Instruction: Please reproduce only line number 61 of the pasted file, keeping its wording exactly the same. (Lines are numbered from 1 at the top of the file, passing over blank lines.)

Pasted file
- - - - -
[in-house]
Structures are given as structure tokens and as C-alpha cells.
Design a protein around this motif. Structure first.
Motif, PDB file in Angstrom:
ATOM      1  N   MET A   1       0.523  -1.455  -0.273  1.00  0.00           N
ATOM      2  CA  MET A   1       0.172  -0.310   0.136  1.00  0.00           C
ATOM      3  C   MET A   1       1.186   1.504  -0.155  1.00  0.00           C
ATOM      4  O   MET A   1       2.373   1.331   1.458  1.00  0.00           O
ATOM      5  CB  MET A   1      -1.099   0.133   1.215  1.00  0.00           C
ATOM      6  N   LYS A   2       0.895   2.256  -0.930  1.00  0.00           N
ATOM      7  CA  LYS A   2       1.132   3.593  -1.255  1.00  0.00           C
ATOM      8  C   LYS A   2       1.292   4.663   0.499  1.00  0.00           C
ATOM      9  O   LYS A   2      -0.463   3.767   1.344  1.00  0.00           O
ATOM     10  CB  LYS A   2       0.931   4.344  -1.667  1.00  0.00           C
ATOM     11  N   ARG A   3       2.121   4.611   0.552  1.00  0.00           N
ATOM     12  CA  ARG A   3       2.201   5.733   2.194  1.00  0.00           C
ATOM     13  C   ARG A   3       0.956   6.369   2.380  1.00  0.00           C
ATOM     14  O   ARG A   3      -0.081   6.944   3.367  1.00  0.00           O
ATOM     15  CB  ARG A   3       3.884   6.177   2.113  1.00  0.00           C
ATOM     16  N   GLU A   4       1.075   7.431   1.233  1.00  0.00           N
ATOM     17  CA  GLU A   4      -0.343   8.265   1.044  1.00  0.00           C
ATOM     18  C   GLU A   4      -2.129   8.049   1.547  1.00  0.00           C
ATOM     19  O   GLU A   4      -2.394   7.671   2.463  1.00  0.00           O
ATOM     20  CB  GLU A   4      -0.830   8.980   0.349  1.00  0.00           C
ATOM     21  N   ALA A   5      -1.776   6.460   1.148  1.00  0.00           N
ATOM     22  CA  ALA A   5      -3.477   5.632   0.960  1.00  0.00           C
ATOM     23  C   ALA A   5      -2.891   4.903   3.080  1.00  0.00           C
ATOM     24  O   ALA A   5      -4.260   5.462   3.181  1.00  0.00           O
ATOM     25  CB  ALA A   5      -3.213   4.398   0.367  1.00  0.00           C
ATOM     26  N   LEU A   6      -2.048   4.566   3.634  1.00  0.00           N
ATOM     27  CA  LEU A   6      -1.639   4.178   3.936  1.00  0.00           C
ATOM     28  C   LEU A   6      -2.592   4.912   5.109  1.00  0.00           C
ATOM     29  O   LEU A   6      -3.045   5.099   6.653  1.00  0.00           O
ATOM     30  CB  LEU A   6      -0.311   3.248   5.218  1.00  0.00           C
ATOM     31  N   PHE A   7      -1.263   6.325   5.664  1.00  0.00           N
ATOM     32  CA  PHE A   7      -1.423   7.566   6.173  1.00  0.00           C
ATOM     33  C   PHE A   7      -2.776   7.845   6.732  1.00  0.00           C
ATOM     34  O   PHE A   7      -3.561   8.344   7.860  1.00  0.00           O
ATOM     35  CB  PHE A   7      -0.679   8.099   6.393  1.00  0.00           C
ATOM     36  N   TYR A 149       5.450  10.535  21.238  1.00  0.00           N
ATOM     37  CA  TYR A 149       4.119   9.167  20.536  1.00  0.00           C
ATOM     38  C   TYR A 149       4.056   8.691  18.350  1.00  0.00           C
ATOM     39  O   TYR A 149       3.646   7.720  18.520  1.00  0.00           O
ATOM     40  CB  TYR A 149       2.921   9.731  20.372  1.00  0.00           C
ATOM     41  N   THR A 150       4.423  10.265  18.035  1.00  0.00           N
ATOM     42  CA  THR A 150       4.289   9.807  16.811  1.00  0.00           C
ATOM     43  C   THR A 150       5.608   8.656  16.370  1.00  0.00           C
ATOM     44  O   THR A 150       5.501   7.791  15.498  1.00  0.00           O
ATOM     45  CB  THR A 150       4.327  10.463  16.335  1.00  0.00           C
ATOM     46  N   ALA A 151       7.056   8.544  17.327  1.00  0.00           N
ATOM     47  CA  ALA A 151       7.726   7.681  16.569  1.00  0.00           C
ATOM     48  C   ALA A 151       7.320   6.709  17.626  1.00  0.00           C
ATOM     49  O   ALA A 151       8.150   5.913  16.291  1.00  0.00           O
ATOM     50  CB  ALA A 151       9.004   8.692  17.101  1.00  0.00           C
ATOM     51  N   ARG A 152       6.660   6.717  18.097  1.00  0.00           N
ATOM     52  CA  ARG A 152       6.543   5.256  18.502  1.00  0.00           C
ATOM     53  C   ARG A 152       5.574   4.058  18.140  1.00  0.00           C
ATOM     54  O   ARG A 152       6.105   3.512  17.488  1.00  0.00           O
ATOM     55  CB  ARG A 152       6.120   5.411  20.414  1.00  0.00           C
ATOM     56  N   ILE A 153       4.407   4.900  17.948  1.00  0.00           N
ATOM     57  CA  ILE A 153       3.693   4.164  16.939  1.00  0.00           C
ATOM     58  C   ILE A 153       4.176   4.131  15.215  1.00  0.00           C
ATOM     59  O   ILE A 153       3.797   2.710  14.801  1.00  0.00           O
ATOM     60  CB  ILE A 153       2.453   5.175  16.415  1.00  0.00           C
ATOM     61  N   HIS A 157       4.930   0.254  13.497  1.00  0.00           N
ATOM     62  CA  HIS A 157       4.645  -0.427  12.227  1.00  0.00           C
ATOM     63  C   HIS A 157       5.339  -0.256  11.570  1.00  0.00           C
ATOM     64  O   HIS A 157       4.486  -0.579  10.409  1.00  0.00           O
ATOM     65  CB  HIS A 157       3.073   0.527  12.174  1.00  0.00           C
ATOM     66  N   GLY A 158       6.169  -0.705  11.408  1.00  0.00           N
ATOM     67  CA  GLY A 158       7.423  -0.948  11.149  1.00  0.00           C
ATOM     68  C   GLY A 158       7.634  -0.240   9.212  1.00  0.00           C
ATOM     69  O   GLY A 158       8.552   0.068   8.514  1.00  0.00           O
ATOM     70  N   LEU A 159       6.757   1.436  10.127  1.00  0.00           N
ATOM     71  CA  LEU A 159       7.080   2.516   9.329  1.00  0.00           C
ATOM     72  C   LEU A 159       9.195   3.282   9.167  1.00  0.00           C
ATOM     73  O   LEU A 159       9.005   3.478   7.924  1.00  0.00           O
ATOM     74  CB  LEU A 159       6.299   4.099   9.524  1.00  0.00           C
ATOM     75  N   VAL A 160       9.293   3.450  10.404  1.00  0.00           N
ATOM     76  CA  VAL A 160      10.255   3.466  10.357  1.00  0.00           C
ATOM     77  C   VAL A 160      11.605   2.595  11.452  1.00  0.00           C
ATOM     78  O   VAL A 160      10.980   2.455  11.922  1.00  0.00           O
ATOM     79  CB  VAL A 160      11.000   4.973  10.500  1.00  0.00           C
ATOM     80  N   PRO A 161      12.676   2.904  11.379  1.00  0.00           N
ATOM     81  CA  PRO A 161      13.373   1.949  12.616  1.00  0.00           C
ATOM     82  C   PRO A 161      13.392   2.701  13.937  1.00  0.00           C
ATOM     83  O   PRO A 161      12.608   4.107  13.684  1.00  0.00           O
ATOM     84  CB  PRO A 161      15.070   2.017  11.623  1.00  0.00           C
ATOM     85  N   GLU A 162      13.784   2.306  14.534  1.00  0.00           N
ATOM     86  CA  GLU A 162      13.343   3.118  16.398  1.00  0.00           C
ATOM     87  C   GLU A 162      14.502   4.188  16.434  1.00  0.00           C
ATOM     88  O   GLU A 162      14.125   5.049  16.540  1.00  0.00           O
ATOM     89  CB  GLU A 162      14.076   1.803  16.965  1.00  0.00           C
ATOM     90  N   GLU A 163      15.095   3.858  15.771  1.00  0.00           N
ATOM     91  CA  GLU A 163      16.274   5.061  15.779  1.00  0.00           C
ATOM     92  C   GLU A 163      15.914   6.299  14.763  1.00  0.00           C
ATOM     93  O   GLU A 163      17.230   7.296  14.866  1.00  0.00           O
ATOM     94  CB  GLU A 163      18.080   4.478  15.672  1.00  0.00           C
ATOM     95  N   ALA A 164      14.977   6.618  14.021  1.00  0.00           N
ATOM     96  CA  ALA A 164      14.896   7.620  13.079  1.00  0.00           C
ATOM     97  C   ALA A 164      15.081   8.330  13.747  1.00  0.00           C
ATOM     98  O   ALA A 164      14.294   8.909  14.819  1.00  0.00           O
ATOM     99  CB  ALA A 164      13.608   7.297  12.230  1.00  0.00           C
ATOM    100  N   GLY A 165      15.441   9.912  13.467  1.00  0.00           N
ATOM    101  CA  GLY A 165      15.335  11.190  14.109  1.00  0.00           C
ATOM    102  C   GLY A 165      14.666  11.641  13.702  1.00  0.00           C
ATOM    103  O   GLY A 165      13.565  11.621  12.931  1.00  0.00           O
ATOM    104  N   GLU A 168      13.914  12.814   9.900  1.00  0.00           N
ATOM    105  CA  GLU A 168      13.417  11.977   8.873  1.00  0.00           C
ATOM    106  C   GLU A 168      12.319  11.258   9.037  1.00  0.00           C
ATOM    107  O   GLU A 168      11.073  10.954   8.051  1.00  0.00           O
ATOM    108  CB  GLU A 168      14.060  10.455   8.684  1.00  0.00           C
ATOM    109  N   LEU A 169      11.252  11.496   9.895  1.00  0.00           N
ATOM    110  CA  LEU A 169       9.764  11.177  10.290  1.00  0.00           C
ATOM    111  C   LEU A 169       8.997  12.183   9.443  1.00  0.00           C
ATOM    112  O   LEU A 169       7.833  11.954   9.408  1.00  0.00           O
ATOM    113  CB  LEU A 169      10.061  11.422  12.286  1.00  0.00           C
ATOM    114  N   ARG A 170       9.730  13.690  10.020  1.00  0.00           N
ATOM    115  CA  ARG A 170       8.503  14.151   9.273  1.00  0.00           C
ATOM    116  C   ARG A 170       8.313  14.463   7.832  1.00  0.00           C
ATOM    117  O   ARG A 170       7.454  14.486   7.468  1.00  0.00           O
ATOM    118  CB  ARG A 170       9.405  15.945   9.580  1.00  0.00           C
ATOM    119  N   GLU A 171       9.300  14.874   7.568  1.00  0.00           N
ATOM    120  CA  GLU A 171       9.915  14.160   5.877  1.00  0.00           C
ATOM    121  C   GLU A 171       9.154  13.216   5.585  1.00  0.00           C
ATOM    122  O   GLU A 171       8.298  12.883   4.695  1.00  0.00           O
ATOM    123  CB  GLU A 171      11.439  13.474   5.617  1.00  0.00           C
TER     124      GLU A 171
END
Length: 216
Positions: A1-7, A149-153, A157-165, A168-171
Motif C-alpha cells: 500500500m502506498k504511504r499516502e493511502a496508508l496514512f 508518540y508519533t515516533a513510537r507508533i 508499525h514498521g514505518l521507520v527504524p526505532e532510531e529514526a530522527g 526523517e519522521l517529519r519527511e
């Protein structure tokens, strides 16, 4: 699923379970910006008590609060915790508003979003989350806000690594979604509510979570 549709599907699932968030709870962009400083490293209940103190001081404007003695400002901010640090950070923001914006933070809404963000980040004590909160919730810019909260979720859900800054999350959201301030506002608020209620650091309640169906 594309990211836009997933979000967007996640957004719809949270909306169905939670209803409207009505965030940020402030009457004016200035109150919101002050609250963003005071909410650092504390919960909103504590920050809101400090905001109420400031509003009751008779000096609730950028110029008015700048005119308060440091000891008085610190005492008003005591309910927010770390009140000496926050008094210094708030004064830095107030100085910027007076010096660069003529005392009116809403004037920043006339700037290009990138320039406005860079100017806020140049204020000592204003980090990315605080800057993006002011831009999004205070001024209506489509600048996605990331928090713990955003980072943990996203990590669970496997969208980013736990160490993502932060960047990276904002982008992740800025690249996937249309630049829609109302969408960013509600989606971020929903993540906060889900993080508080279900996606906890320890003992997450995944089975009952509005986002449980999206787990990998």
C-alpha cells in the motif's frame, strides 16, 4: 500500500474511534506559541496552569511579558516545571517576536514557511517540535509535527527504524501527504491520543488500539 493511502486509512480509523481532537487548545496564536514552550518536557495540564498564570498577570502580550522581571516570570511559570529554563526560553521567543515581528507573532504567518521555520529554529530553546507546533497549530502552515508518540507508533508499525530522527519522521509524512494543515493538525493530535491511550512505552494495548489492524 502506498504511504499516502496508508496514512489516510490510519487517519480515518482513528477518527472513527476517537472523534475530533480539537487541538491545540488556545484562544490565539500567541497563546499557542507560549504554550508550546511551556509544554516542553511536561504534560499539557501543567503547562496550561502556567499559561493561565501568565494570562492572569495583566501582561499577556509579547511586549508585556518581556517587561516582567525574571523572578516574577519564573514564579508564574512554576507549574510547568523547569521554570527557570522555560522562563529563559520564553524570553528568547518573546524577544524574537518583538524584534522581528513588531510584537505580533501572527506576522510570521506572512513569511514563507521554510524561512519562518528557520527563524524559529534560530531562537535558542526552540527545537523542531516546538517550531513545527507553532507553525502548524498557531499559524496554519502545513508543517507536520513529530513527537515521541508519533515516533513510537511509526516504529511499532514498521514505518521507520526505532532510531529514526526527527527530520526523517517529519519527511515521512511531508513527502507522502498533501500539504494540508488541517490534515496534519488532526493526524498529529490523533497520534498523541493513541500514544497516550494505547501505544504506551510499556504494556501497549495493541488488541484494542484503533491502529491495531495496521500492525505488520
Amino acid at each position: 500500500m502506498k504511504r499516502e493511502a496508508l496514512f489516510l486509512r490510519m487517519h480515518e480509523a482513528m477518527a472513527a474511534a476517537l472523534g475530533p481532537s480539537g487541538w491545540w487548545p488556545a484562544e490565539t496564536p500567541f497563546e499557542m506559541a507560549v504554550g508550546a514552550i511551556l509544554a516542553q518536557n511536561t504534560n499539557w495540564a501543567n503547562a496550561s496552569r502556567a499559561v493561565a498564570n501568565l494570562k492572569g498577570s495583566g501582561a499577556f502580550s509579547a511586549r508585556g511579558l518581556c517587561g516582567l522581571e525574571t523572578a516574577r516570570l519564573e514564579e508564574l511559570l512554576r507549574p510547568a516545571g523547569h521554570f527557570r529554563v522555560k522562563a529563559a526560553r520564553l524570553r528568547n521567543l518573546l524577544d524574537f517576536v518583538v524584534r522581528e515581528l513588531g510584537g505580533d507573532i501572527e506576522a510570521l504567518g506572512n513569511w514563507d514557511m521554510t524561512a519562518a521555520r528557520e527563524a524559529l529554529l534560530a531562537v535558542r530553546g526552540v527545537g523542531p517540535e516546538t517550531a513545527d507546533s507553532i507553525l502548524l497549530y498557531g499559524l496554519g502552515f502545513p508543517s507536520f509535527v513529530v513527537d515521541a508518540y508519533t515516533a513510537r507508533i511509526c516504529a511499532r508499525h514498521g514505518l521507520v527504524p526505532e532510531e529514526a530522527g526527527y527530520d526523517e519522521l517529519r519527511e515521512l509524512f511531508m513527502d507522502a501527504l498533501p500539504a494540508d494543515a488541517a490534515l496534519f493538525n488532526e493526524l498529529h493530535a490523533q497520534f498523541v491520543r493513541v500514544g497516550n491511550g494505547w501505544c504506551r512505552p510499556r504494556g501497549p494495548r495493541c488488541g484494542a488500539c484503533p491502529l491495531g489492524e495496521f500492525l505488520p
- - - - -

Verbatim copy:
ATOM     57  CA  ILE A 153       3.693   4.164  16.939  1.00  0.00           C